Market awaits canola report


Final tally | Analysts expect December production numbers 
to reflect yield losses from prairie windstorms and disease

Big question marks float over the size of this year’s prairie canola crop, but the markets aren’t too anxious yet about the Statistics Canada final crop production estimates due Dec. 5.

Crop traders have relaxed so much since the summer drought rally ran its course that it might take big changes in the crop size estimates to shake away the complacency.

“I think it’d really have to take people off guard before you’d really see a whole lot of reaction,” analyst Jon Driedger of FarmLink Marketing Solutions said about the report.

Analysts said traders have spent little time thinking about the report, even though canola stocks are razor thin after this year’s disappointing harvest.

Analysts’ estimates for the final crop size range from 14 million to less than 13 million tonnes, a huge spread for this time of year.

In October, Statistics Canada slashed prairie canola production to 13.2 million tonnes, an 8.1 percent decline from 2011-12 based on a decline of 17.5 percent in average yield.

Wild wind storms swept large parts of the canola growing area after that report’s survey was completed, and continued reports of low yields and quality damage due to disease have appeared.

That would usually lead to intense interest in the Statistics Canada numbers, but the report comes out after a long, grinding decline of crop prices. Markets have fallen back a lot since the summer’s historic and explosive rally of corn, soybean and wheat prices.

The slump in soybeans was particularly brutal for market bulls because tight ending stocks projections for U.S. soybeans have been a driving force for higher prices since late in the first quarter of this year.

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However, high soybean prices appear to have hurt demand. Chicago soybean futures have sold off from nearly $18 per bushel to about $14 recently.

Canola’s rally and decline were less pronounced than in soybeans.

Analysts say that means canola is still pricey compared to soybeans.

Guessing the Statistics Canada numbers is a regular activity for analysts, but this year’s number is particularly hard to estimate.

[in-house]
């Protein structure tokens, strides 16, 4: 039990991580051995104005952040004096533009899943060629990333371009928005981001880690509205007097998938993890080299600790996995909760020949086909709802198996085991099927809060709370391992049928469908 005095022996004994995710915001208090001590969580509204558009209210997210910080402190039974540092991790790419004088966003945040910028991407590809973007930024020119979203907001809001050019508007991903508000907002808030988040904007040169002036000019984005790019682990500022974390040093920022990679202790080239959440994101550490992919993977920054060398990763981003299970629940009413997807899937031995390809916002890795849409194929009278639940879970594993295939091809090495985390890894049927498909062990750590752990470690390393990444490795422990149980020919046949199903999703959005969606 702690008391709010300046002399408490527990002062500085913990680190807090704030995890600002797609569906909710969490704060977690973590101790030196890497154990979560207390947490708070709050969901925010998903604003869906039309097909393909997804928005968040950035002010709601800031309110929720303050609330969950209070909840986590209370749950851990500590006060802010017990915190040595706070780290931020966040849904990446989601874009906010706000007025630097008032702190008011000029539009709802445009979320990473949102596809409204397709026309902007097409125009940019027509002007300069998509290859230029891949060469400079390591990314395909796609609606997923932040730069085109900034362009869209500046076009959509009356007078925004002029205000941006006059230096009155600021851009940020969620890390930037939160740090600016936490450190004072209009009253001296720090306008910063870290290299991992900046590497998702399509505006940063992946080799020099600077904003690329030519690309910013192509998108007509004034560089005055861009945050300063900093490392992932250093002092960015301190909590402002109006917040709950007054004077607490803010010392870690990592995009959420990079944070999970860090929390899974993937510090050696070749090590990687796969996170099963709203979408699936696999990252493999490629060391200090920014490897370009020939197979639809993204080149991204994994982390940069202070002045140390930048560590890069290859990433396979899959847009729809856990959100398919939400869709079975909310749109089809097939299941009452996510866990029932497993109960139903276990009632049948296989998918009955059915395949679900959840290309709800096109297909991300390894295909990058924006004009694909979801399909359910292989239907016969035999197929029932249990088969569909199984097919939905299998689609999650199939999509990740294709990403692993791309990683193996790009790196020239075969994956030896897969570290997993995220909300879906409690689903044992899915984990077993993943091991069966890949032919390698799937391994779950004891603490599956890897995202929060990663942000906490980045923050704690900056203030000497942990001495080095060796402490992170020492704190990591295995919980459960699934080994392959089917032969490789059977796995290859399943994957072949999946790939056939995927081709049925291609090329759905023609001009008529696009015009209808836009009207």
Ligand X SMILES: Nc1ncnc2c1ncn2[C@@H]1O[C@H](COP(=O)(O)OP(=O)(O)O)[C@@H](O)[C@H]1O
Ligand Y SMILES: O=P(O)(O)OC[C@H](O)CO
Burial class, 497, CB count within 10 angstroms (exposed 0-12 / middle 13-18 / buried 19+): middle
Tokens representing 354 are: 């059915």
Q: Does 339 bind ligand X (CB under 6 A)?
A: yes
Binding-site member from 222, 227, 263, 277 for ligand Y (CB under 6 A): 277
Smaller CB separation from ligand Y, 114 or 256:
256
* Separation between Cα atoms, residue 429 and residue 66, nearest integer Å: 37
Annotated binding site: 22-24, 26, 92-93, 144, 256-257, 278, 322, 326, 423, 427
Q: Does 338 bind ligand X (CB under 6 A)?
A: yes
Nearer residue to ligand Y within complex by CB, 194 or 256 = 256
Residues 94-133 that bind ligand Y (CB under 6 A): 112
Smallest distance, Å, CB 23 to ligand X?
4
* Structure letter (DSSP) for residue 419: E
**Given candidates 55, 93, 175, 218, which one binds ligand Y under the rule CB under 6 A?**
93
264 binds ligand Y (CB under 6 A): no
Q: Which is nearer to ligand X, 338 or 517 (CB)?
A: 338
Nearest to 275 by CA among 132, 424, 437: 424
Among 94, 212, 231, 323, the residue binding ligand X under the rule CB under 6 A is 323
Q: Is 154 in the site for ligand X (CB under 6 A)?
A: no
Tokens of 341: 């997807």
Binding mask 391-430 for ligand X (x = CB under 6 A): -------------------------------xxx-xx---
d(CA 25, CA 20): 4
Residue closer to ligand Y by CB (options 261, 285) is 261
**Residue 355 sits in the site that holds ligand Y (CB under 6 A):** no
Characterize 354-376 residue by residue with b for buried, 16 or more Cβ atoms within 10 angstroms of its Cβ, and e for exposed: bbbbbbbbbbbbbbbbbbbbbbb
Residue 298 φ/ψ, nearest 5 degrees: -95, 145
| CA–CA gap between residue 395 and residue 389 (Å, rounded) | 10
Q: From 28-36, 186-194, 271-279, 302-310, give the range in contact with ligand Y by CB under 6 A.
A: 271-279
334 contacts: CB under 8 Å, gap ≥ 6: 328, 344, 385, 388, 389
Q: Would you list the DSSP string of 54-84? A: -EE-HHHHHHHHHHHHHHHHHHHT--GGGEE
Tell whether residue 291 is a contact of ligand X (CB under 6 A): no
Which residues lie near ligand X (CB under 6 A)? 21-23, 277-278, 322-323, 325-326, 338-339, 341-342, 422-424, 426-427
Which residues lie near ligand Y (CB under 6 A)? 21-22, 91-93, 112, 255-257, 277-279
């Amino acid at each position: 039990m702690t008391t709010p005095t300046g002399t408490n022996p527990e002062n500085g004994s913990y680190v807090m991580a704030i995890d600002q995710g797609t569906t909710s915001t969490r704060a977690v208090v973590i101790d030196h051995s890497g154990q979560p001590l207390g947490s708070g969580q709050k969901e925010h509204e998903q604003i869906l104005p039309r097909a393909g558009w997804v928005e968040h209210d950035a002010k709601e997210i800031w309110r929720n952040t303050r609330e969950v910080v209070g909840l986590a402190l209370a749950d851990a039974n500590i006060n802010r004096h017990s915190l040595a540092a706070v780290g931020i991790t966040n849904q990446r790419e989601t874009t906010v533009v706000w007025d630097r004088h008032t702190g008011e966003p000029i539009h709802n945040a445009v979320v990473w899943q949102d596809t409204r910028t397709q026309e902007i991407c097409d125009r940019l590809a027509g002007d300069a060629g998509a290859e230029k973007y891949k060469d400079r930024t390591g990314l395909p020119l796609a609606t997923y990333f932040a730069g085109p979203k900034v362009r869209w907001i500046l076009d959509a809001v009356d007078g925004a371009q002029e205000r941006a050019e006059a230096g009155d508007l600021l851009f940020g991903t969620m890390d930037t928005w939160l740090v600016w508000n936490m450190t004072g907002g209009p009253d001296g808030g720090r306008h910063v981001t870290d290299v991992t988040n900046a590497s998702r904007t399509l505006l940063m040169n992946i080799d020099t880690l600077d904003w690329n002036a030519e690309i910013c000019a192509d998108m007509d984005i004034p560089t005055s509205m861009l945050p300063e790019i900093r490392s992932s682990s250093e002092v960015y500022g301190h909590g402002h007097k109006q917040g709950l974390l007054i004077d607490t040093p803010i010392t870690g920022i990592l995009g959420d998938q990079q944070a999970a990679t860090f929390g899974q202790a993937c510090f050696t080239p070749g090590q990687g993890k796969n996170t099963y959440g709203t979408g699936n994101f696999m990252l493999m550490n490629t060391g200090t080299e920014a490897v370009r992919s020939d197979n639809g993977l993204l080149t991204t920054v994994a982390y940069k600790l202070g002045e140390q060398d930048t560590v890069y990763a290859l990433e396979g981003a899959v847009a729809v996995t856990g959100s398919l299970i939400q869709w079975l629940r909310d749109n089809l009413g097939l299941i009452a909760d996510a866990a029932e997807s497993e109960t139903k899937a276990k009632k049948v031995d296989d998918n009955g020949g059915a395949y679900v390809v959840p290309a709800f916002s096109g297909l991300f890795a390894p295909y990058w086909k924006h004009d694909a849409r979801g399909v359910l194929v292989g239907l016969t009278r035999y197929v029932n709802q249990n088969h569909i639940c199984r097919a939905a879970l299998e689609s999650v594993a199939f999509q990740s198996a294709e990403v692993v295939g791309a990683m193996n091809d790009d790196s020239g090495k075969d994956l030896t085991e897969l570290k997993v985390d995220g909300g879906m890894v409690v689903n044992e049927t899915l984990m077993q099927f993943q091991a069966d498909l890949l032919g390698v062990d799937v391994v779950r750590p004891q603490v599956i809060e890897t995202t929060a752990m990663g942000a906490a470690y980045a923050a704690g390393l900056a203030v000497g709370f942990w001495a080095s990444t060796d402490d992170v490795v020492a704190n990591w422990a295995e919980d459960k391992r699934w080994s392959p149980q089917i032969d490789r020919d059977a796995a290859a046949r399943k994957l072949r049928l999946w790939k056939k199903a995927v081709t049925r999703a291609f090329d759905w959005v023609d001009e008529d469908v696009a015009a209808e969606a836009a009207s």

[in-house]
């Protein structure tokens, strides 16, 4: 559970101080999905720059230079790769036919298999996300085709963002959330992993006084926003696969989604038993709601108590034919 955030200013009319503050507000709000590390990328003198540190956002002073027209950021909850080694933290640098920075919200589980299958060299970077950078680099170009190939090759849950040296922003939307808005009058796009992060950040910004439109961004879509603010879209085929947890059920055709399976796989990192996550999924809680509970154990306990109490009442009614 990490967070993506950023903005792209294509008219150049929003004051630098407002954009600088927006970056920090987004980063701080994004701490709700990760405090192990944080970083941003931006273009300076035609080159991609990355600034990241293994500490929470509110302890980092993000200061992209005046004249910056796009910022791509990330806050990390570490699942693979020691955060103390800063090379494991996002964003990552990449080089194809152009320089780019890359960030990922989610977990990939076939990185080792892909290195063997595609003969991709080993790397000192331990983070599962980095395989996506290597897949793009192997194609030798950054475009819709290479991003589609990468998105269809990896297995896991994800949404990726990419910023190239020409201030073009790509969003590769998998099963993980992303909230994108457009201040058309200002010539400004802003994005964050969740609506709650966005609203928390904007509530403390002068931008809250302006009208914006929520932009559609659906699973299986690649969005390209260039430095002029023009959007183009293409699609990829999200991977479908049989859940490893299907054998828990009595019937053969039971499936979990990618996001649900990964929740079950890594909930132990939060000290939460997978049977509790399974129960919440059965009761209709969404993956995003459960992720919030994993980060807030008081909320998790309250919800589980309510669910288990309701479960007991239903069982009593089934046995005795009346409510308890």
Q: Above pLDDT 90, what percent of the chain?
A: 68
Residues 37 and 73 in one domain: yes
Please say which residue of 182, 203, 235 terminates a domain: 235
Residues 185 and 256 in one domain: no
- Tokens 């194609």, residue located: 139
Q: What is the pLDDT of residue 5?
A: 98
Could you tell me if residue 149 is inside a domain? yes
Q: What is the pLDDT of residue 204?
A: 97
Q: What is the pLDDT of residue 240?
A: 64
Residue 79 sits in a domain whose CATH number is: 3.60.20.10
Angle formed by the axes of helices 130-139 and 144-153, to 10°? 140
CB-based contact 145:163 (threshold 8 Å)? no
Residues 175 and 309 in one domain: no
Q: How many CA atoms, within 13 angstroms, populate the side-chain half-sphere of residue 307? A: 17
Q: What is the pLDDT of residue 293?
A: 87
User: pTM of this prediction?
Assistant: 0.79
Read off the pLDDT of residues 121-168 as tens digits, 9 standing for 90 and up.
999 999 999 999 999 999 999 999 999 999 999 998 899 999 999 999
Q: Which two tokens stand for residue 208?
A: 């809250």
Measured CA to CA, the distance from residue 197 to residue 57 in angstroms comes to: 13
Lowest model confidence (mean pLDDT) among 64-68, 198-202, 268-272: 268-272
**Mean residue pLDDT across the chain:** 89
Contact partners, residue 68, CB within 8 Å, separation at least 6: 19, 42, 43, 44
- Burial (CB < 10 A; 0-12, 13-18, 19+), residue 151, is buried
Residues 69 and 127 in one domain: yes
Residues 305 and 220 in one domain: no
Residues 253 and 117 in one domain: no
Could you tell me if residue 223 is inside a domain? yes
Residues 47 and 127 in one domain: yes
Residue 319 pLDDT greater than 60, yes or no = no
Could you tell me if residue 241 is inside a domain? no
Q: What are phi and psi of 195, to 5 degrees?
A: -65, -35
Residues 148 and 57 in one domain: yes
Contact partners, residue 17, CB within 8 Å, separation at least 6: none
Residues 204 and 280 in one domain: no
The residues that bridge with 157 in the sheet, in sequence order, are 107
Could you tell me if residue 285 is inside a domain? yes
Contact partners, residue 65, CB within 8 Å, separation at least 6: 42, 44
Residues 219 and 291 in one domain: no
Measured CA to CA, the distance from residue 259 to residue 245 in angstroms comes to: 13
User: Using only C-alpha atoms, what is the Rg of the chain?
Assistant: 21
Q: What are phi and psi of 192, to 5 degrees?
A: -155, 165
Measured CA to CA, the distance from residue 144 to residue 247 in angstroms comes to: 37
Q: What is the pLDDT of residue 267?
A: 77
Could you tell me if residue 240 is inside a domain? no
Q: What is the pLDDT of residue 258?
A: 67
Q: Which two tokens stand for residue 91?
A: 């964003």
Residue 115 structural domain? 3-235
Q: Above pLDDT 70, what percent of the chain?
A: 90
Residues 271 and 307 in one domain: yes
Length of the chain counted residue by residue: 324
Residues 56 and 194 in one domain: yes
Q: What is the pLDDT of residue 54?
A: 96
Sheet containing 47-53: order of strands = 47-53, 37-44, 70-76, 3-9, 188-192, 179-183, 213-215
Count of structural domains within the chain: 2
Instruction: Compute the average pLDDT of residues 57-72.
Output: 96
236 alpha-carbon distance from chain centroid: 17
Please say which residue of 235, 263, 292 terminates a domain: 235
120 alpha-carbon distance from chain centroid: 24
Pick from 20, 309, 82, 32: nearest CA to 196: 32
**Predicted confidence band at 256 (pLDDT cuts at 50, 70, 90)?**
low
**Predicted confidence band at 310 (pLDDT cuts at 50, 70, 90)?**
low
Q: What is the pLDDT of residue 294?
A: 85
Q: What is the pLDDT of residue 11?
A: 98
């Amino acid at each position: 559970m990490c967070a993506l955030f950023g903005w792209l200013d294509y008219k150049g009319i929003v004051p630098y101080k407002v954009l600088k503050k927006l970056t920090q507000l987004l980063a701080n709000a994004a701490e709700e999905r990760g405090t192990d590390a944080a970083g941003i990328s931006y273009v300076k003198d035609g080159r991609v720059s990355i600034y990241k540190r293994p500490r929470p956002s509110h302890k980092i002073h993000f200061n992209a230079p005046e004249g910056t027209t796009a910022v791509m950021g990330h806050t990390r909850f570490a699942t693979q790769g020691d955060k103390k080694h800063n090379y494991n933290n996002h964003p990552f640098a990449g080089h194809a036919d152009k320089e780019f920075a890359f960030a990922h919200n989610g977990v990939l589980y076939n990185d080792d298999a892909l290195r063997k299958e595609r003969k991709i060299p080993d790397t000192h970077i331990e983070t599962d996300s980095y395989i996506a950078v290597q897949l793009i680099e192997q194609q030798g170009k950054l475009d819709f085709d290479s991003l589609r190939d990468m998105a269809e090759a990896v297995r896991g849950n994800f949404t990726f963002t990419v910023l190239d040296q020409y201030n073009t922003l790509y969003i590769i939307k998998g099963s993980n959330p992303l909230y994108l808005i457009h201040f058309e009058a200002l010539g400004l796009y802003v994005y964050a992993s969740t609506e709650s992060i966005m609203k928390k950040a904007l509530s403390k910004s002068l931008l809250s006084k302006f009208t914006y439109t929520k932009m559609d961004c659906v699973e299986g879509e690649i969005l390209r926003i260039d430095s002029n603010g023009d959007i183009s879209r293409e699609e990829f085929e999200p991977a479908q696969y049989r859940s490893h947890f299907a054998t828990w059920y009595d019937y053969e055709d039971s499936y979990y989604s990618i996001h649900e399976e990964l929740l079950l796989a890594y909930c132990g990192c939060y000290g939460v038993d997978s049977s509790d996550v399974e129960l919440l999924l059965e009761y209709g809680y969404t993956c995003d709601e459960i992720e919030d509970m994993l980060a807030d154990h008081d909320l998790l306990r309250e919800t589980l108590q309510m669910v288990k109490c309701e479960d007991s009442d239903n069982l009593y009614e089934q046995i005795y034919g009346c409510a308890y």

Driedger said canola production estimates tend to grow from October to December, but that has to be balanced against the windstorm damage. However, Ball thinks the windstorm did less damage than many believe and have claimed.

Chuck Penner of LeftField Commodity Research said he also thinks the wind damage was overstated, and thinks most farmers have probably under-reported their yields.

Farmers have already delivered much more of this year’s canola crop than normal for this time of year, if Statistics Canada’s October numbers were right, Penner said.

More likely is that Statistics Canada’s number was too small and that the flow of canola to port is normal. The December numbers will confirm if this is true.

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Ball said he wouldn’t be surprised to see the production estimate trimmed by 300,000 to 400,000 tonnes.

“It wouldn’t be a shock to be below 13 million,” said Ball.

Driedger said he thinks 13 million is a reasonable estimate.

However, Penner thinks the estimate is more likely to be increased by hundreds of thousands of tonnes, with it more likely to hit 14 million than fall under 13 million.

“There’s room for it to move up quite a way,” said Penner.

There could easily be a market reaction if the crop drops below 13 million tonnes, analysts said.

“The canola situation is still very tight and demand is still strong, so canola will probably have to become more expensive to kill some demand coming down the road,” said Ball.

Added Driedger: “Because we’re already so tight, if you come out with anything below (13 million tonnes) it’s going to make things really tight.”

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However, if the Statistics Canada estimate is little changed, it is unlikely to break canola far from its present relationship to the soybean, corn and wheat markets, analysts said.